West of Loathing’s humor is an excellent mix of puns and sheer wittiness that feels genuinely clever and avoids falling into early 2000’s “lul randum XD” humor. You can unlock a perk from the beginning of the game that does nothing but make your character walk in silly ways that is appropriately called Stupid Walking. There are binoculars that can be used to scope out new locations, but they are also pointedly disposable binoculars, and can’t be used more than once. Put enough points into the Foragin’ perk, and you can harvest Pepperoni mold from graves to create Tombstone pizza. The protagonist apparently cannot spell “sarsaparilla”, resulting in multiple inventory variants of the drink with different, incorrectly spelled names. Even visually, the game is pretty hilarious. The stick figures walking around in a 3D plane thanks to Unreal Engine have a goofy contrast with the UI and menus reusing the same structures from Kingdom of Loathing.
West of Loathing does have some issues, but thankfully none that are especially glaring. On the more nitpicky side, I wish the game used a tab system instead of a scrolling list to organize the inventory. I also wish the game had a better means of tracking side quests, because it’s very easy to get distracted and forget that you need to get x item for y NPC in z location because you found a random ranch and needed to shoot some Hellcows. On the more serious end of issues, the game autosaves by default, and you cannot manually save. This was likely done to prevent save scumming and encourage multiple playthroughs, but it can be pretty frustrating if you mess up a sidequest (like the quest to get the secret third party member) and get locked out for the rest of the game. Lastly, there’s some occasional obtuseness with some of the game’s puzzles. There’s an infamous puzzle involving having to guess the name of a favorite granddaughter for a ghost in one of the graveyards, and the correct answer is randomized per playthrough. Thankfully, the game has a very extensive Wiki, so help isn’t too far away.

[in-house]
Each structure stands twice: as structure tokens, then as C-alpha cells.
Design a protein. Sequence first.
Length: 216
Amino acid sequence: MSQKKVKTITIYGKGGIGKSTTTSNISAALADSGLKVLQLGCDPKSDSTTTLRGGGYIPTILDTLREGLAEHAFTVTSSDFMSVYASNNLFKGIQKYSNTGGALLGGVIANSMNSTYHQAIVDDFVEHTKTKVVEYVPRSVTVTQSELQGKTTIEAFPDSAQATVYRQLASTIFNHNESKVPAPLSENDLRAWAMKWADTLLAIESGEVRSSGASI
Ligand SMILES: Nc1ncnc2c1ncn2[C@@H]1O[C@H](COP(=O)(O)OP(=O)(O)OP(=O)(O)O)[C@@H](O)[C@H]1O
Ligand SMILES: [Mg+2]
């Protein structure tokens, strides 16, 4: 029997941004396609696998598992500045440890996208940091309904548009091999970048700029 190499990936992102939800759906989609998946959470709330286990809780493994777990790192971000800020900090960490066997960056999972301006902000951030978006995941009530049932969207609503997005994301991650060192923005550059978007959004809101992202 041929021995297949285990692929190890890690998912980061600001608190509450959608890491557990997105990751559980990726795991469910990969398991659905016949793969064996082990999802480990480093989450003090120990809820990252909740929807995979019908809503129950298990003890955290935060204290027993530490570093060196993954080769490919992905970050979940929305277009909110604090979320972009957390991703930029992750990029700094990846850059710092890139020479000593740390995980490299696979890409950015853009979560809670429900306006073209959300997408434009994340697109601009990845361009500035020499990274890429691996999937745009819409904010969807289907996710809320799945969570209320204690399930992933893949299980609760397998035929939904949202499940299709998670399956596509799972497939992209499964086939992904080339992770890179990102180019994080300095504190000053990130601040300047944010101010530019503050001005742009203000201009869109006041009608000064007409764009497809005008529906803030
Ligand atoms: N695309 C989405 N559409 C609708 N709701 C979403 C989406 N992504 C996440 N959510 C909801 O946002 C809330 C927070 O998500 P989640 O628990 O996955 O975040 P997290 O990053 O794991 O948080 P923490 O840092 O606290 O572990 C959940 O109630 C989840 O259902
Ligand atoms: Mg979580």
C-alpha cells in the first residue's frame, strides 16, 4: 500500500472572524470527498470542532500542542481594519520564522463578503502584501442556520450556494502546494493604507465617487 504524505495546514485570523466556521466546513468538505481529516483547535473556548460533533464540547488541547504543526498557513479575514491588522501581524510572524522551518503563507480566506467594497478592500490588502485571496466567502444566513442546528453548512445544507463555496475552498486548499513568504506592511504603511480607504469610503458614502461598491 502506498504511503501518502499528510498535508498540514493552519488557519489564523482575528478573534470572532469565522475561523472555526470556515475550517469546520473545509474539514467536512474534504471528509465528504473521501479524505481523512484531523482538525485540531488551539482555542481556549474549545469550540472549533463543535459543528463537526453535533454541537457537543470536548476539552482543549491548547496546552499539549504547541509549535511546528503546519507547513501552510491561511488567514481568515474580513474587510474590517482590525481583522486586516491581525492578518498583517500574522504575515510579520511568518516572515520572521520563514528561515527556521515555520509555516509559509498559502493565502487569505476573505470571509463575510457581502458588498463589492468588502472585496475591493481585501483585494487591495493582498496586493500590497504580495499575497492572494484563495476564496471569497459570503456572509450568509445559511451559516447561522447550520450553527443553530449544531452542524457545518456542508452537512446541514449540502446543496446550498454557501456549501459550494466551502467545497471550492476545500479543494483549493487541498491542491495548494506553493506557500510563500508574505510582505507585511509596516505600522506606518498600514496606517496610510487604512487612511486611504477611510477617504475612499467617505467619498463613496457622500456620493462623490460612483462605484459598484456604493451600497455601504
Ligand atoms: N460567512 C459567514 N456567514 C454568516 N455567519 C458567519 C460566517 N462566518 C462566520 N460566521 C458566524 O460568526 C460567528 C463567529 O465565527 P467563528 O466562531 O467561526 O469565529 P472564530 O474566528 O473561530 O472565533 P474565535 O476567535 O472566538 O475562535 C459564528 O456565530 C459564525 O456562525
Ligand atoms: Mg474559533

Pros: Short overall playtime. Extensive character building, world exploration, and sidequest gameplay mechanics that are both robust and form an addicting gameplay. Excellent sense of humor, wit, and puns.
Cons: Some minor UI issues and general lack of an in-game sidequest tracker. Game exclusively autosaves. Obtuseness of varying levels show up in later game quests and puzzles.
West of Loathing is available for the PC through Steam and the Nintendo Switch. West of Loathing is a nice little CRPG that maintains much of the satisfaction from longer titles in the same vein in a smaller package, with plenty of humor to top things off. I had a darn tootin’ time with West of Loathing and highly recommend the game for a cozy weekend in or a break from playing something longer.